Why This Gorilla Prefers To Walk Upright

Louis the gorilla isn’t quite a germaphobe, says the zoo’s primate curator, but he’s definitely not a fan of mud.

LOUIS WAS JUST trying to keep his tomatoes intact and off the ground when he was caught on camera walking through his enclosure.

The 16-year-old western lowland gorilla is a favourite at the Philadelphia Zoo, and now he’s getting even more attention for his tendency to walk upright and over long distances.

“Some gorillas will walk upright when they have their hands full,” says the zoo’s curator of primates and small mammals, Michael Stern. He adds that most gorillas walk this way for a step or two. Louis, however, is often spotted taking longer strolls.

In the Facebook post showing the video of the gorilla earlier this month, the zoo suggested Louis was trying to keep his hands and food clean. Louis has since been branded as a “germaphobe” and a “clean freak”—two labels that are a slight mischaracterisation, says the curator.

“I don't think he understands the germ theory of disease,” says Stern. “I would guess it’s the feel of the mud. They’re rainforest animals and they’re built to deal with mud, but they all have their own personalities.”

His Name Isn’t Mud

Stern adds that Louis’s keepers have noticed he tends to avoid mud, even when he’s not carrying food. A 2015 blog post from the Philadelphia Zoo noted:

“When caught out in a rainstorm, he'll run bipedally across the yard to seek cover, and when he accidentally steps in mud, he'll find a leaf or a paper bag and wipe his hand or foot off until they are clean again.”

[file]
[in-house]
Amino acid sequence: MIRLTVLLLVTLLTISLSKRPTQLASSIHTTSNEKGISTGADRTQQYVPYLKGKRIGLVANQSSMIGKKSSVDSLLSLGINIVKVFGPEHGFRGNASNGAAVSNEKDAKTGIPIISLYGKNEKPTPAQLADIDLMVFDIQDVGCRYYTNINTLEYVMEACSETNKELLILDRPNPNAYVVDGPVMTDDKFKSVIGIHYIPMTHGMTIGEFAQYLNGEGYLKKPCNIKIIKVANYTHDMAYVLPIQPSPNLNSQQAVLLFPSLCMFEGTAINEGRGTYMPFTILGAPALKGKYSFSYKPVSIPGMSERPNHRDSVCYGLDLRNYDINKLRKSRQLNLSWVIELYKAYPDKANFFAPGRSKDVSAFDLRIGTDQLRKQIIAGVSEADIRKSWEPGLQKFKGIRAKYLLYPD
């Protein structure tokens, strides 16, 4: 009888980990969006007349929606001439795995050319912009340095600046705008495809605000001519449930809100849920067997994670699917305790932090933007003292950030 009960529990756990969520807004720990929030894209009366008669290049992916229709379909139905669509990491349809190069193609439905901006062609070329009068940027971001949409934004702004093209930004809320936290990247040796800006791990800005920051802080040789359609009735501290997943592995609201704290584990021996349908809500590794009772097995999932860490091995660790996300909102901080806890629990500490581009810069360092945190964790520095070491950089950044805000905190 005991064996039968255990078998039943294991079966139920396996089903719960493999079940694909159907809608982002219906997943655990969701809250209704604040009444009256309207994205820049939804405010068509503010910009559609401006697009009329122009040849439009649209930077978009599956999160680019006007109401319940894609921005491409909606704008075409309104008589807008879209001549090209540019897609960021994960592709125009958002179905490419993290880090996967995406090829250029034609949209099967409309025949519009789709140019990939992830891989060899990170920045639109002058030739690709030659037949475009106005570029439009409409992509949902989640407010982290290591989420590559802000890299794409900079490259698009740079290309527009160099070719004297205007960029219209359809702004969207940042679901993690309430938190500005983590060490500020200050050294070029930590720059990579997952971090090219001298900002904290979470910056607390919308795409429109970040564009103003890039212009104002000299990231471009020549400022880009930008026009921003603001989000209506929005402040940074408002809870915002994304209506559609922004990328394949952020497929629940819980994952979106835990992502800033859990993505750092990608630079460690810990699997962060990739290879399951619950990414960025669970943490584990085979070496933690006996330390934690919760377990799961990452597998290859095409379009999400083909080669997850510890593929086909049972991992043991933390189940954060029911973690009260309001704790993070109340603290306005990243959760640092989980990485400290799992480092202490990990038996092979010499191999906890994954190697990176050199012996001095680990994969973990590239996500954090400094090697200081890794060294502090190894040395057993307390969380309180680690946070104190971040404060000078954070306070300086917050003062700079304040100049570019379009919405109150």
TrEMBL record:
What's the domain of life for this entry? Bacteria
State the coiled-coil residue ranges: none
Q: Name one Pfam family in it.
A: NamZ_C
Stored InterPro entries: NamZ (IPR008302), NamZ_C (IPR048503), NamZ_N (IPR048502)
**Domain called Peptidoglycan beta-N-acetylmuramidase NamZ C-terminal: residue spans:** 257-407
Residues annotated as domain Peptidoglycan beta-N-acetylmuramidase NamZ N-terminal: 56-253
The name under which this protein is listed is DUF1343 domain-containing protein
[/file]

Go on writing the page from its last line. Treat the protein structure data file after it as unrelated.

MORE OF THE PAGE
The zoo has even rigged together a bridge made of fire hoses so that Louis can avoid the muddy puddles in his enclosure.

Of the gorillas at the Philadelphia Zoo’s troop, Louis is one of the largest, weighing in at 205 kilograms and standing 1.8 metres tall. Despite his stature, he’s “probably the shyest,” says Stern.

The male, originally born in St. Louis, has been in captivity for his entire life. Few remain in the wild, where the species is critically endangered. Stern says his walking style is more likely a personality quirk than a byproduct of life spent inside a zoo. More commonly, gorillas walk on all fours, using their knuckles to help support their weight.

Walk This Way

In 2011, a gorilla at a U.K. zoo also made headlines for walking upright. In an interview given to Live Science at the time, Indiana University anthropologist Kevin Hunt echoed the theory that the tendency to walk on two legs was a matter of personality.

Hunt additionally suggested the U.K. gorilla was mirroring the humans around him. The behaviour also aligned with Hunt’s theory that humans evolved to be bipedal to more effectively gather food.

Stern notes that occasionally walking on two feet is probably more common for gorillas than people assume.

As for Louis, Stern says his keepers notice the behaviour all the time. Now just happens to be the first instance the shy ape was caught doing it on camera.

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Lead Image: Leading from behind, silverback Icarus nudges Group 5 along. Within annual ranges of five square kilometres, groups travel about 400 metres a day to feed or nest. PHOTOGRAPH BY DIAN FOSSEY. IMAGE ORIGINALLY PUBLISHED HERE

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